How might hormone therapy (ADT) for prostate cancer affect my sex life?

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*Currently best for people who’ve had prostate cancer surgery and their partners.

After (also know as androgen deprivation therapy or ADT), you should expect some changes in your sex life. These changes can affect your body, mind, and relationships because sexuality is not only physical, it includes your thoughts and feelings too.

Common sexual changes after
hormone therapy for prostate cancer

Take a look at the Body, Mind and Relationships diagram below for a deeper understanding.

Diagram: Mind Body Relationship

Coping with cancer and sexual challenges with a partner, or your feelings about starting a new one.


Treatment can damage the nerves and blood supply needed for erections.


Cancer and sexual challenges following treatment can make you feel down and anxious, changing your feelings about sex.

Click on the list below to see
the most common changes
following hormone therapy.

Problems with orgasm

After treatment, reaching orgasm takes longer, but it's still possible for most men. You might find:

  • your orgasm feels different now than before treatment

  • you produce less semen during and after treatment

  • you can still orgasm, but it may feel less intense

Even without an erection, it is still possible to reach orgasm and enjoy sex

“For months I thought my sex life was over and I would never orgasm again. I was playing around in the shower and low and behold, ACTION! It was an incredible feeling."

Iain, 48 years

Penis and testicles getting smaller

Sometimes the penis can shorten because of the lower levels of male hormones caused by hormone therapy. And if you go a long time without having any erections, this can cause some scarring of the tissues in your penis, which can cause shortening. On top of that, because the testicles aren't producing testosterone, they might get smaller.

These changes may have been unexpected for you, but know that there are ways to reduce shrinkage and help get full erections.

For example, there's an erectile aid called a ‘vacuum pump’ or 'penis pump' which may help to reduce shrinkage. This may stretch the tissue and help maintain your penis size.

“My partner kept reassuring me that it doesn’t matter but it did to me. I did try the pump. My penis felt cold and strange but it did help."

Gary, 69 years

Penis not getting as hard (erectile dysfunction)

Because of the way hormone therapy affects your body, many men experience difficulties with their erections and sex drive.

How soon after treatment does this start?
Within six weeks of treatment, many men experience problems with their erection. If your hormone therapy is short-term, you may see recovery of erections about six months after stopping treatment. For long-term hormone therapy, difficulty in getting a hard erection may be permanent.

How can I maintain a satisfying sex life?
Even though you'll need to adjust to changes to your body, you can still have a satisfactory sex life. If you're comfortable, you can:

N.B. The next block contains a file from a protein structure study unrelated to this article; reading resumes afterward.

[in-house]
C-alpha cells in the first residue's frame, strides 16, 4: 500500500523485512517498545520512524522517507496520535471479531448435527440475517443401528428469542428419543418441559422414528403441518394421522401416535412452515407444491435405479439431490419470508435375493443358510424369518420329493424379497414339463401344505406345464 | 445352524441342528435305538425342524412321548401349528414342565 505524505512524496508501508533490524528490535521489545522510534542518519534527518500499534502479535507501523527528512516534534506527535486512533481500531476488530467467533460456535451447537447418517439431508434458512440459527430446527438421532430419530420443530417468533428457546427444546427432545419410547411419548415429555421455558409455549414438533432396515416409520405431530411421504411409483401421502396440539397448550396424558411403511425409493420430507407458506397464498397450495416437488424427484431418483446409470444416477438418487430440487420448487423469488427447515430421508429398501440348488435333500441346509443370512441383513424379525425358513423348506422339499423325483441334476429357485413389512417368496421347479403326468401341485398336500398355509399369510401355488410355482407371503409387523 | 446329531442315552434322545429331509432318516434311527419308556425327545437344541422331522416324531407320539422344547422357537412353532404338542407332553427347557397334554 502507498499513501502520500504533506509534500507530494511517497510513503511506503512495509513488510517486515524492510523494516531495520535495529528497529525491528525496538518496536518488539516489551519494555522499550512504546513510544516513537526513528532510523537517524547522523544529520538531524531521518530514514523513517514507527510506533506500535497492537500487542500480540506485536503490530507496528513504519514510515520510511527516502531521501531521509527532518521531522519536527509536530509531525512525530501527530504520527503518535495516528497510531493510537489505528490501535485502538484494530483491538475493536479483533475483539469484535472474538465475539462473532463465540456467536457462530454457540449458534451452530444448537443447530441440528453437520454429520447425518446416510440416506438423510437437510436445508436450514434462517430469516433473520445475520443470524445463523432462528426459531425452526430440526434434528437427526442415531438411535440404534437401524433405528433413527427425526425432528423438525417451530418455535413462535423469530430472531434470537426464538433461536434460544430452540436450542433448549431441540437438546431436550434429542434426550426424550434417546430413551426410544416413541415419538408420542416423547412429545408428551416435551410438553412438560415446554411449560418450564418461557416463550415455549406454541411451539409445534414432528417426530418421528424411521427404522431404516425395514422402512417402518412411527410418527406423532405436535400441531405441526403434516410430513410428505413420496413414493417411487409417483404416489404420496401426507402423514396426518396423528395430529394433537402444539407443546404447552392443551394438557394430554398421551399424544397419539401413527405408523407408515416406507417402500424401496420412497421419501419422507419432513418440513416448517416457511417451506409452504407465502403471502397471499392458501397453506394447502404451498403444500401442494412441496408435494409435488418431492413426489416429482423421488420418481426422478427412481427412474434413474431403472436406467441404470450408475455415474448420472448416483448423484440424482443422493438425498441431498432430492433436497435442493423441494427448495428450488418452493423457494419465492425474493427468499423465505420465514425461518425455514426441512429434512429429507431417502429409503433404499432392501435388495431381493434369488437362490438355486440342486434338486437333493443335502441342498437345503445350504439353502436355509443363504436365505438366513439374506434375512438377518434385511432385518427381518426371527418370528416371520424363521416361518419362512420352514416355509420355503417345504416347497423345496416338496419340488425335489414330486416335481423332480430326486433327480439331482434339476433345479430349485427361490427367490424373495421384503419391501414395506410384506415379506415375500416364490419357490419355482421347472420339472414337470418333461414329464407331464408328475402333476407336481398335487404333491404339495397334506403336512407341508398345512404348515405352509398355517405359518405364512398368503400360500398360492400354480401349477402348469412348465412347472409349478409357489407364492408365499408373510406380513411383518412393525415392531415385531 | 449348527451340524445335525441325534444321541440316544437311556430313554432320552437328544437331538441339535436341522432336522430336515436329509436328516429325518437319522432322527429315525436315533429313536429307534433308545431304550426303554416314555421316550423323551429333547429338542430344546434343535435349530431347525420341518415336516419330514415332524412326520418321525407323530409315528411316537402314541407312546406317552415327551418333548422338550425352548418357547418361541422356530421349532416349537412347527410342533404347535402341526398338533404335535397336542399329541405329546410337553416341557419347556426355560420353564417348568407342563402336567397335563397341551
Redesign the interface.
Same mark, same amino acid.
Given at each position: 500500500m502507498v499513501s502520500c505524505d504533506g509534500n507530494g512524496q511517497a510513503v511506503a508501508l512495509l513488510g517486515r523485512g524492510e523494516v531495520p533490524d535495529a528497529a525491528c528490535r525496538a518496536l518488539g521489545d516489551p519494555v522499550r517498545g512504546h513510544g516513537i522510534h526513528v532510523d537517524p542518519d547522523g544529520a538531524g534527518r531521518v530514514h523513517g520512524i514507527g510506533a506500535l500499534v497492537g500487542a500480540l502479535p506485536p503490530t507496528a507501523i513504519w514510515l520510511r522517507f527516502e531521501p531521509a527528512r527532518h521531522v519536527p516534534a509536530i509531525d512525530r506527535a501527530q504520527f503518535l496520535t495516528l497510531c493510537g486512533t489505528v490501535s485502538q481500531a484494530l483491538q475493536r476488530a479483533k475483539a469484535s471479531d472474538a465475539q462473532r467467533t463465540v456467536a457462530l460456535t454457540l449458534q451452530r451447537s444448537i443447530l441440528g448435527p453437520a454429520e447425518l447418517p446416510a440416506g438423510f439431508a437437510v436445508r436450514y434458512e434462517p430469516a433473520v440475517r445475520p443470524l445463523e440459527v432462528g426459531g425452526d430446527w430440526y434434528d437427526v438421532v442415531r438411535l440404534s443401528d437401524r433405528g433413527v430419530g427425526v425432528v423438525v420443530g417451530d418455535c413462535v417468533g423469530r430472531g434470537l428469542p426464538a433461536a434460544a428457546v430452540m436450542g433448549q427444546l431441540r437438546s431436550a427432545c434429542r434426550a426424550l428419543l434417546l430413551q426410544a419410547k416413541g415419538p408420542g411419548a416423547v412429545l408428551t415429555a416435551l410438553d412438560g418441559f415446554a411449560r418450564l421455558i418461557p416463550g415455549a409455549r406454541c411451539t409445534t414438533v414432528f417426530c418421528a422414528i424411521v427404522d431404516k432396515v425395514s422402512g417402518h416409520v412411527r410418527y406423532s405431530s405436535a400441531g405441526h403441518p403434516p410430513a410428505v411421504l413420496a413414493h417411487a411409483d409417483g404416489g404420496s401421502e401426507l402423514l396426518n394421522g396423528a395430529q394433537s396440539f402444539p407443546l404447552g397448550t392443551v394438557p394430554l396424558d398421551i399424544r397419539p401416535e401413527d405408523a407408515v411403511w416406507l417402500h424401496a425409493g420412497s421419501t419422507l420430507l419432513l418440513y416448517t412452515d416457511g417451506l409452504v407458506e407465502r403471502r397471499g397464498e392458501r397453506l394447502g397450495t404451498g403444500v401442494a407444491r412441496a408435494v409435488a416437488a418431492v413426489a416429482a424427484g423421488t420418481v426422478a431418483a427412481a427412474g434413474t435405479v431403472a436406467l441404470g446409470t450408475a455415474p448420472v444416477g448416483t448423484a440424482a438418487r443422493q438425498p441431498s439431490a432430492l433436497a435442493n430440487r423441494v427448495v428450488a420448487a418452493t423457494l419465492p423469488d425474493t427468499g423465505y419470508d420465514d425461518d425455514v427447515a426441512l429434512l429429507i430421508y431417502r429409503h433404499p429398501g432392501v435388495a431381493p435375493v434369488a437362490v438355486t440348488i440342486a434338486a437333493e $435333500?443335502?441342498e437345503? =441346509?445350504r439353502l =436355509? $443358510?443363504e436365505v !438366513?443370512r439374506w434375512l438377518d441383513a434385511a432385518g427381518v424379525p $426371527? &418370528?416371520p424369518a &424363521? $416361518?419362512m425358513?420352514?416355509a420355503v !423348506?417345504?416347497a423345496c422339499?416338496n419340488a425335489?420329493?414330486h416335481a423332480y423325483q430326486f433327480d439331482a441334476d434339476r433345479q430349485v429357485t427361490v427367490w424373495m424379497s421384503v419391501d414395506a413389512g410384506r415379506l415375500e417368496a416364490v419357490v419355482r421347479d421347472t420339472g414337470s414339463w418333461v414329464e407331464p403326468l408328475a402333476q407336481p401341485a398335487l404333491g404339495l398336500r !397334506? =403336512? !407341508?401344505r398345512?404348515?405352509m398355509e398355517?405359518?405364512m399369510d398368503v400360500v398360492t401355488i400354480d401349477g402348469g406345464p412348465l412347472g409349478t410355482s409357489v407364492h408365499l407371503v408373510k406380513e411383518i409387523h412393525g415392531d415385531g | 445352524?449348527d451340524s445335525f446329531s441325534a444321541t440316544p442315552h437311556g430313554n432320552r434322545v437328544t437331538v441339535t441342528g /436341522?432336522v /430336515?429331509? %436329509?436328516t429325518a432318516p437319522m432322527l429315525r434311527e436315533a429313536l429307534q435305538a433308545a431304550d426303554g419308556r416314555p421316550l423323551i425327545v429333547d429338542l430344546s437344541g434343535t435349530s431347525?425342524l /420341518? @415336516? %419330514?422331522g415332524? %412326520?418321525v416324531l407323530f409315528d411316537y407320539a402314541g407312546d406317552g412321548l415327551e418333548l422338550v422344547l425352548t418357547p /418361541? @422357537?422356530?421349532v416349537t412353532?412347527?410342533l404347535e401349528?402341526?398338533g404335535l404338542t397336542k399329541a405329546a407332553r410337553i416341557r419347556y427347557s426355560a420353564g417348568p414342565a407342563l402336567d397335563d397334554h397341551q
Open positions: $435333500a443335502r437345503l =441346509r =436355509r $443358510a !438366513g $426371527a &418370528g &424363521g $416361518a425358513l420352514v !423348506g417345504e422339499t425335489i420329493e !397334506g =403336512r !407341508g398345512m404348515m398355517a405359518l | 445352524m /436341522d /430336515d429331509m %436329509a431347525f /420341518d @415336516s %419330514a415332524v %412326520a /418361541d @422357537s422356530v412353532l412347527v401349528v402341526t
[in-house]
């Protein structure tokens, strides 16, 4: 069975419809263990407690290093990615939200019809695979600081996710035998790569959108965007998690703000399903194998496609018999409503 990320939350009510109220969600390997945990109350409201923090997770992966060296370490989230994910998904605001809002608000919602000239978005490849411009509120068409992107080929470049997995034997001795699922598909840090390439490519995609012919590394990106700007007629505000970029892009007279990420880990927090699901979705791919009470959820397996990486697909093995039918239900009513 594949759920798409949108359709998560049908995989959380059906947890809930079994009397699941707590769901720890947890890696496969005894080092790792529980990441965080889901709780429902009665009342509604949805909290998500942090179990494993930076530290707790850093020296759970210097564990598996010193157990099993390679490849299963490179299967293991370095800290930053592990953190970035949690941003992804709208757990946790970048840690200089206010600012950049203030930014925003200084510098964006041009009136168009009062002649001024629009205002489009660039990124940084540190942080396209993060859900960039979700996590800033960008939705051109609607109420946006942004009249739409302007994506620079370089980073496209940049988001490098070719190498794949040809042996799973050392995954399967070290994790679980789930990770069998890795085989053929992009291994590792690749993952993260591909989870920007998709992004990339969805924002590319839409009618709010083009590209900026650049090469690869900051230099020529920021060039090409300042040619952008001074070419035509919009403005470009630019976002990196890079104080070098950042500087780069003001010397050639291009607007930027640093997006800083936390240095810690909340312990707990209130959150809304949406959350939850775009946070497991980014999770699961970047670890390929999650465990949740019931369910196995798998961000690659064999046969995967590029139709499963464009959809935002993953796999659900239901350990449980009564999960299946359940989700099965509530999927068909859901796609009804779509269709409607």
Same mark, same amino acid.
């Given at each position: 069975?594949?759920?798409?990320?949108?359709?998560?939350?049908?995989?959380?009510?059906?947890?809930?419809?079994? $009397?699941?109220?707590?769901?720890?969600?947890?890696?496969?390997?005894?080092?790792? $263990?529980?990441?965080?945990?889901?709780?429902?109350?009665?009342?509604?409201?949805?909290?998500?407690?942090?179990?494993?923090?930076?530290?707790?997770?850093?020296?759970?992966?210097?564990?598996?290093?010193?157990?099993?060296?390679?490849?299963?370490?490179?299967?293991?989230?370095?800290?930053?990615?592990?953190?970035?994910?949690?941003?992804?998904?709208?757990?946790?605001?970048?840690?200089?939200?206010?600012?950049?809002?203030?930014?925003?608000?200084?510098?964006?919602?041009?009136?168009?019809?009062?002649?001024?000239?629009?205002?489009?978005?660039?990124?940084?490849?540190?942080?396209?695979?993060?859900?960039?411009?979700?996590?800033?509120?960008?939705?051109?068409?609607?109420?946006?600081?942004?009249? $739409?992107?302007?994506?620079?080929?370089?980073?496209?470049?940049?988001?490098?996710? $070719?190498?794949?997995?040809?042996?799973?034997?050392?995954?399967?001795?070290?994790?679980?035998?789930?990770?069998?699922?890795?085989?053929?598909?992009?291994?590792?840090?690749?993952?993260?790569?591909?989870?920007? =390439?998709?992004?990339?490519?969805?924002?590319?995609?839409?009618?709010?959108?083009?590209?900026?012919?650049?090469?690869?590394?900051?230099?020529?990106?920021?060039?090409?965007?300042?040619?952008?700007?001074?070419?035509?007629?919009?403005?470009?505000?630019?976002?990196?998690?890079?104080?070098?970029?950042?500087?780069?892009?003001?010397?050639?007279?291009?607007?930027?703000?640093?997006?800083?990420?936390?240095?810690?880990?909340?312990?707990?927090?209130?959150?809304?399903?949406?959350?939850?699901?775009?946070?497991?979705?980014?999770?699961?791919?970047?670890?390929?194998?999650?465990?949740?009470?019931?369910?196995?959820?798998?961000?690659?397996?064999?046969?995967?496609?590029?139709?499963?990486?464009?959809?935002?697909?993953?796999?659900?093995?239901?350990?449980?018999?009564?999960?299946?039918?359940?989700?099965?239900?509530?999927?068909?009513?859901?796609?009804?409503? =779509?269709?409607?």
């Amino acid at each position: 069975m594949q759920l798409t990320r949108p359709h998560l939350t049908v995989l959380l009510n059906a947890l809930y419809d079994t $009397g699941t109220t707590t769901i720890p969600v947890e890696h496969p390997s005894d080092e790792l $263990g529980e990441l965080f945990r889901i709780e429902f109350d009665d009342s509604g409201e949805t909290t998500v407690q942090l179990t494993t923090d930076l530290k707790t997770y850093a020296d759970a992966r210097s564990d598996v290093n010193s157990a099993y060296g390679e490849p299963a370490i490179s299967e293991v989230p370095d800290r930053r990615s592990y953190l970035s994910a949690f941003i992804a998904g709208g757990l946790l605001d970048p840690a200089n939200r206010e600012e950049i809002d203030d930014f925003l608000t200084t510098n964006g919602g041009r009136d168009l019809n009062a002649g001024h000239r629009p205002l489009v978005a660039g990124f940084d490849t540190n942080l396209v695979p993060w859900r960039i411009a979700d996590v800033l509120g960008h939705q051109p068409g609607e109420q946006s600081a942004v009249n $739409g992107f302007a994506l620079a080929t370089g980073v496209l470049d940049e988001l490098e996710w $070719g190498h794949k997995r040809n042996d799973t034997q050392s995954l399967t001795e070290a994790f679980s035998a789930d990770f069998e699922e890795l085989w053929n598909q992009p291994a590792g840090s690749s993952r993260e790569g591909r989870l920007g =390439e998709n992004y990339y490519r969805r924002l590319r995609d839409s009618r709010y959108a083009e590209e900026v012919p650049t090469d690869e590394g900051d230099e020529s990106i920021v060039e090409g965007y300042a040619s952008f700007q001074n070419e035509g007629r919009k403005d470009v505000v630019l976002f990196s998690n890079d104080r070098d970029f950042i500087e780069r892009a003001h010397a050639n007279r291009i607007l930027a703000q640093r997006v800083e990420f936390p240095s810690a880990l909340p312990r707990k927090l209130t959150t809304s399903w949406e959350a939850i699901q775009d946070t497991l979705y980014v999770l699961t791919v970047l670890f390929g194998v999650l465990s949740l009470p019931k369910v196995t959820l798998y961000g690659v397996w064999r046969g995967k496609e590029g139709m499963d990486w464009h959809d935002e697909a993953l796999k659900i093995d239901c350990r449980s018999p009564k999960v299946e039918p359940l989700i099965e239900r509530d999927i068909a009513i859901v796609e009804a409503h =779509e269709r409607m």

How can I maintain a satisfying sex life list

  • try medication and erectile aids to help get a firmer erection

  • keep your penis active during hormone therapy to help with erections after treatment

  • adapt your role and expand your routine in the bedroom to cope with these changes

Starting to think about other ways to get pleasure will help you on this journey.

"The gradual change to my erections was strange, I feel less like wanting sex now but I know I will be finished this hormonal treatment soon and I use the pump to give my penis some exercise. It might be a waste of time but I feel I’m doing something."

- Gary, 69 year

Body changes

Changes like weight gain, breast swelling and hot flushes are common side-effects of hormone therapy.

There are things that can help:

  • wear loose cotton clothing and reduce alcohol – this may help with hot flushes

  • being patient with yourself if you do gain weight, as it may take a while to lose the extra weight

  • staying physically active

"With all the changes to your body, breast growth seems like a small thing to worry about, but it is so uncomfortable. It helped when I had some daily exercise."

Trevor, 68 years

Feeling fatigued, even after rest

Hormone therapy is likely to cause this tiredness. Fatigue can come on quite suddenly and can affect your energy levels, motivation and emotions.

There are things you can do to help:

  • plan your sexual activities ahead, in a part of the day when you have more energy

  • research shows that regular exercise, even if you feel tired, can help with fatigue

  • remember that this tiredness is normal and will ease after treatment stops

"My energy levels go up and down, but I try and take things slowly, and take advantage of the times I feel like I have more energy. We now have cuddles in the bed in the morning.”

Patrick, 72 years

Coping with sexual changes

Many individuals say that after having prostate cancer and treatment, they initially struggled with sexual changes. And after working through these changes, although their sex life is different, they now feel satisfied with their ‘new’ sex life.

If you’re experiencing changes to your body, remember that you’re not alone. Talk to your partner about how you feel and other ways you can stay close and connected. Your care team can give you advice and help find a treatment plan that works for you. Your doctor can also refer you to a sexual health counsellor or sex therapist who can provide some helpful guidance.

What's next?

Now that you've read up on How might hormone therapy (ADT) for prostate cancer affect my sex life?, here are some related articles to explore as you continue to build your knowledge and understanding of this topic.
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